The prospectus for council funding has worsened since October 2021 due to spiralling inflation, which means that the 2022-25 settlement is worth much less in real-terms than previously thought, a development the IFS described as a “hidden form of austerity”.

At the same time, a string of reports has called for increased investment in social care amid increased waiting lists and staffing shortages in adults’ services, alongside a fear that the funding reforms are underfinanced, and ongoing pressures in children’s services related to placement costs and bills for agency social workers.

However, with Hunt now expecting departments to make further efficiencies, the situation could get worse still for local authorities and social care.


6 Responses to Hunt U-turns on IR35 reform for agency social workers

  1. Paul October 17, 2022 at 2:00 pm #

    Hunt needs consider impact, at least restore ability to offset legitimate expenes like travel and digs for those working away, as Hammond also stopped this through umbrella companies. MPs have great ways claiming expenses, but locums unable claim a cheap b&b

    • Nick October 18, 2022 at 4:00 pm #

      The IR35 repeal was never about expenses. it’s prob a good idea its scrapped as too many workers don’t understand the rules and would have ended up in trouble with HMRC again.

  2. Susie Johns October 17, 2022 at 2:02 pm #

    Who would have thought the economy so depended on tax paid by local government employees . Hope this makes a significant contribution to the public purse.

  3. Tina October 17, 2022 at 3:02 pm #

    Hunt is now expecting departments to make further efficiencies, the situation will get worse still for local authorities and social care. Hunt has no idea how hard it is to recruit staff – hope he knows what he is doing – clearly making a big decision based on what evidence – his middle class status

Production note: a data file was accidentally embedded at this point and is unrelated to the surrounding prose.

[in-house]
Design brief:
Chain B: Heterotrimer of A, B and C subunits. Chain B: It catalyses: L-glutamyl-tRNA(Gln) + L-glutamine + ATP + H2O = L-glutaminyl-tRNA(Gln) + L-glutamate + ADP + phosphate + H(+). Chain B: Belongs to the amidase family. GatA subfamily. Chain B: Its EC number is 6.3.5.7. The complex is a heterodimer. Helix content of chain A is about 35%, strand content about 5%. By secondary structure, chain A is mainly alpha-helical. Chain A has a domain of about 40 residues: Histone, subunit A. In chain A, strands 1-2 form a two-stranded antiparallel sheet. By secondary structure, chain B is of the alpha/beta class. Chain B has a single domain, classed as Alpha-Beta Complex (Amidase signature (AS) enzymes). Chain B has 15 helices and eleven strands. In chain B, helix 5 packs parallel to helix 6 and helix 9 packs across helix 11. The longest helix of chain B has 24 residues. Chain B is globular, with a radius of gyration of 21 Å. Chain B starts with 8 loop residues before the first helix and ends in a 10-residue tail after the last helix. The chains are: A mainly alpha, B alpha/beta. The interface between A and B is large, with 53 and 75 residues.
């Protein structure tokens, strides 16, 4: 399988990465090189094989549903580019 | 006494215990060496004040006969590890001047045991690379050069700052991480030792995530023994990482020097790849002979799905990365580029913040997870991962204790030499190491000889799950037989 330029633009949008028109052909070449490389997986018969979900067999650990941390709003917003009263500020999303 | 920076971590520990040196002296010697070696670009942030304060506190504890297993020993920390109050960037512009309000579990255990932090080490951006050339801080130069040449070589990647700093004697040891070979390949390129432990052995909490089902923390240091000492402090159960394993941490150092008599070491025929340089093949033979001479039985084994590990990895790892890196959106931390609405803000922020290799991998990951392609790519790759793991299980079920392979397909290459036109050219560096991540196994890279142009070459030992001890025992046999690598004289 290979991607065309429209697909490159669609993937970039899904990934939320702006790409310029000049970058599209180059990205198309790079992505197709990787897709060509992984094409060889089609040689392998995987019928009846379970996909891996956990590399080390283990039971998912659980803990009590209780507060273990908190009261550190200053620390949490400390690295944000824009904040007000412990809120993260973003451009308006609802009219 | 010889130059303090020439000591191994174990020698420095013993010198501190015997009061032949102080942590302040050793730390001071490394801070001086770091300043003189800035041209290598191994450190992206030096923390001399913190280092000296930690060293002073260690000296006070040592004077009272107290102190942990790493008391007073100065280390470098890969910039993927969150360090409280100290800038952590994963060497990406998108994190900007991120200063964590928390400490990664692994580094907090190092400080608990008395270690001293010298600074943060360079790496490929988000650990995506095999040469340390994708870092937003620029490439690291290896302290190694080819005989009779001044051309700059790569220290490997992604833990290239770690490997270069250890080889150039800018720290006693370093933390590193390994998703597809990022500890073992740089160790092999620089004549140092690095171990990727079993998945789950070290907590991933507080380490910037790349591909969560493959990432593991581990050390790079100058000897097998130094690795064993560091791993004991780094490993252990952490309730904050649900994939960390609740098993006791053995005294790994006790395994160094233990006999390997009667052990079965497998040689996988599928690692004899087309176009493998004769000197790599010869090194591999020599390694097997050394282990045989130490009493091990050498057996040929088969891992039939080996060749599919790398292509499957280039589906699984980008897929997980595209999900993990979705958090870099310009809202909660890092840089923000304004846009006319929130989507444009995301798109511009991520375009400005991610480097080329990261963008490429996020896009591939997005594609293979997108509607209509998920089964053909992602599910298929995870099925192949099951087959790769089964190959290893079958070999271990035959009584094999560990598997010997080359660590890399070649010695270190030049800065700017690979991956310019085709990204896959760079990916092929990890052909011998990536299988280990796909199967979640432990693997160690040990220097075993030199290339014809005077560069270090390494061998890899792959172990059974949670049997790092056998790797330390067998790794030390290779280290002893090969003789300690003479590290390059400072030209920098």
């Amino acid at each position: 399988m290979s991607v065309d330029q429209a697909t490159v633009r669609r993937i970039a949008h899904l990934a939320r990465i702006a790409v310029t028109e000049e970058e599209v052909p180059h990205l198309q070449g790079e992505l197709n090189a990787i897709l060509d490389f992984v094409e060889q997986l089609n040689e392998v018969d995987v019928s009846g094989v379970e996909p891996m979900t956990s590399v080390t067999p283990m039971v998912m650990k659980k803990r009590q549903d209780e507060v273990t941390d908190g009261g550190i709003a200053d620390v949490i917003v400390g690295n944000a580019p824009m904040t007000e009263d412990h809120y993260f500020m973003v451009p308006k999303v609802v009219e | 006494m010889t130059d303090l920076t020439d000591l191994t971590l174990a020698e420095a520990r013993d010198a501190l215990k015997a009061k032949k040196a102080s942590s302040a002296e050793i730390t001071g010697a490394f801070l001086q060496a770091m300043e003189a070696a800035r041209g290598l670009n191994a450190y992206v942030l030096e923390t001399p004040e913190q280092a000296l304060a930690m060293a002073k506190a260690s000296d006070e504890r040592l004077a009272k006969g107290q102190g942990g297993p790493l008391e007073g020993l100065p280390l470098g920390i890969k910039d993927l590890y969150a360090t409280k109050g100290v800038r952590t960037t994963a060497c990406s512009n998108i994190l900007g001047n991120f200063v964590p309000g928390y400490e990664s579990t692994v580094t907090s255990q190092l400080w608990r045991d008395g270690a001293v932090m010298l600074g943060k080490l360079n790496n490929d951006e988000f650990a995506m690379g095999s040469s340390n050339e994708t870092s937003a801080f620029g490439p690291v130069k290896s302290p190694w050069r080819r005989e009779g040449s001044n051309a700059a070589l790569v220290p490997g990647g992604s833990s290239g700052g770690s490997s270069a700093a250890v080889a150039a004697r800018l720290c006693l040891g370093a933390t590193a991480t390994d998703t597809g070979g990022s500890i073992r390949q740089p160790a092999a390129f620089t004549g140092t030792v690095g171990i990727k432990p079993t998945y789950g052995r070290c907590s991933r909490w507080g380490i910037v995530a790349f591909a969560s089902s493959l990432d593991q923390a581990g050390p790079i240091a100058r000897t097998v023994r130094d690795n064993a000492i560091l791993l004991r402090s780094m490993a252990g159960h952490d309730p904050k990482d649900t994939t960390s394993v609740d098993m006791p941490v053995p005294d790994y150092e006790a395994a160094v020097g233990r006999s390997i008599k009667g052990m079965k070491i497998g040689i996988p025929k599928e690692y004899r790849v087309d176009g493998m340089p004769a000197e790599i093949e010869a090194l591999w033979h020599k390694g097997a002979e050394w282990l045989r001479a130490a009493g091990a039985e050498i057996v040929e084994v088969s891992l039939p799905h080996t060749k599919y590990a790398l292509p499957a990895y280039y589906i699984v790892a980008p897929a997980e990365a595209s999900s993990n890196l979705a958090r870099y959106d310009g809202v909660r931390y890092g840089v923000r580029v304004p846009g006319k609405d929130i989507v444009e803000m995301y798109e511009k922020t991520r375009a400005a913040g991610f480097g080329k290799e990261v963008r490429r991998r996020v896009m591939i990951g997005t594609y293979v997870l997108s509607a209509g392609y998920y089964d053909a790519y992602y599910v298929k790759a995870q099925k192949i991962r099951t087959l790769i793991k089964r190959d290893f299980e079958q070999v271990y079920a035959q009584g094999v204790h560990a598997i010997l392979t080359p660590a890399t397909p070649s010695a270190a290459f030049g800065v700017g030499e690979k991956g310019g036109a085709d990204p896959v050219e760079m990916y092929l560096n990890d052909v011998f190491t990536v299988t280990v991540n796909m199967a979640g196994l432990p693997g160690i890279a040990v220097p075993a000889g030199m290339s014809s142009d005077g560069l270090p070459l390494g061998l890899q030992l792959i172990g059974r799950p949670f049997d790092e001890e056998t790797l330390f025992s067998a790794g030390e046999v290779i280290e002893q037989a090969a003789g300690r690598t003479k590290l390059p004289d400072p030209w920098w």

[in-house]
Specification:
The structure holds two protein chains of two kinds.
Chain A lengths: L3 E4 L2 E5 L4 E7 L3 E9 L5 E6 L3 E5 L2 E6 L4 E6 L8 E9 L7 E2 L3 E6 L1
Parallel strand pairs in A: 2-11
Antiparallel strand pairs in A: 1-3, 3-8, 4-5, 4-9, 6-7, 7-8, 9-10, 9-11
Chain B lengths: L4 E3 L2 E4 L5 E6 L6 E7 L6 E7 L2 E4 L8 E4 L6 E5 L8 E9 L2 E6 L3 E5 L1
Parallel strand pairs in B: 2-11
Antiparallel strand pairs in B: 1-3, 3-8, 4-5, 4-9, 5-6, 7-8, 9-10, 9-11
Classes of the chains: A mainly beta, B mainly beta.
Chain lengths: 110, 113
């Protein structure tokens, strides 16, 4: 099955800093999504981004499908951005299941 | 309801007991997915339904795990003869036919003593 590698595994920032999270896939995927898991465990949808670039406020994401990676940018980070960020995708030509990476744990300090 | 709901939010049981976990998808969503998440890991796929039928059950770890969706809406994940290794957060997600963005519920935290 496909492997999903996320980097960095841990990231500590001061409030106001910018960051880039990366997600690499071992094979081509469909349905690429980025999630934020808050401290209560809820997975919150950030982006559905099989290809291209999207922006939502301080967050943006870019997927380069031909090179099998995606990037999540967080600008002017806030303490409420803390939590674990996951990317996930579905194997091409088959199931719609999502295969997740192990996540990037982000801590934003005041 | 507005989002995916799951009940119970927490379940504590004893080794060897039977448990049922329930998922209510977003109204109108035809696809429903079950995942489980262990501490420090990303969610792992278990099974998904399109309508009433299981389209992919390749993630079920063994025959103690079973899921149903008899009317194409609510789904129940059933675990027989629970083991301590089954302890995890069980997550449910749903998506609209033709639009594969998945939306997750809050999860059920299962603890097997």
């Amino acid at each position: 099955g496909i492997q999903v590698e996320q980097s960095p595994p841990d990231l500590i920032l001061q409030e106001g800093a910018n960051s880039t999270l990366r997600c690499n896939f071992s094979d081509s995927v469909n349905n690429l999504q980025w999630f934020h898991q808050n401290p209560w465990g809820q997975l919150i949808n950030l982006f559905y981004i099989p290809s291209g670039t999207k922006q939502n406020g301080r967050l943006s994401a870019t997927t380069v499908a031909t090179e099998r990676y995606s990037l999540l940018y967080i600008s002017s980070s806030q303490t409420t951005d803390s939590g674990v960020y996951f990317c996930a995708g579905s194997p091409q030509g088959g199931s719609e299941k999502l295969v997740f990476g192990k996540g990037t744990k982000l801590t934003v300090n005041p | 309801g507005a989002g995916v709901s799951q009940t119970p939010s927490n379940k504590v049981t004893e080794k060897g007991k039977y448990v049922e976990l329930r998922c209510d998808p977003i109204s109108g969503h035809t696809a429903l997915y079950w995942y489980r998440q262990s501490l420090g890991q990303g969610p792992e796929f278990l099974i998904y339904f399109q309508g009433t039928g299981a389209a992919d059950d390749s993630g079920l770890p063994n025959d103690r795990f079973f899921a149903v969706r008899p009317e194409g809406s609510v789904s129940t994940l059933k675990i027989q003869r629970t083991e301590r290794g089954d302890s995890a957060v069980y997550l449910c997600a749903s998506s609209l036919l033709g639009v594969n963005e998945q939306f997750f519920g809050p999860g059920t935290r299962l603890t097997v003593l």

4. St Domingo October 18, 2022 at 3:38 pm #

    For me, it’s just another example of how corporate greed and objectionable behaviour continues to flourish in the wake of eroding social care support and growing government immorality. The ability of those corporate predator’s to make huge profits from events which disproportionally impact upon the most vulnerable and then to openly celebrate with the now ex-chancellor, suggests a level of morality akin to feudal times! Working away from home is, for those who have done it, not an easy way to earn a living and support your family and the ability to recoup linked expenses should, by any moral compass, be more important than uncapping the ‘bonuses’ a banker receives when gambling on the markets. Margaret Thatcher stated in 1975, “let our children grow tall and some taller than others if they have it in them to do so”. However, having ‘it in them’ is precisely the problem with record numbers of working families accessing food banks, a cost of living crises, gas/electric poverty, parents unable to access free school meals, the threat of homelessness and an NHS now not fit for purpose. As the saying goes, you only get out out what you put in!

  5. Reece October 20, 2022 at 10:41 am #

    Social work: hedge funds leeching money from the care sector to offshore accounts to avoid paying tax is immoral and greedy.

    Social work: but why can’t I avoid paying the same amount of tax as my permanent colleagues.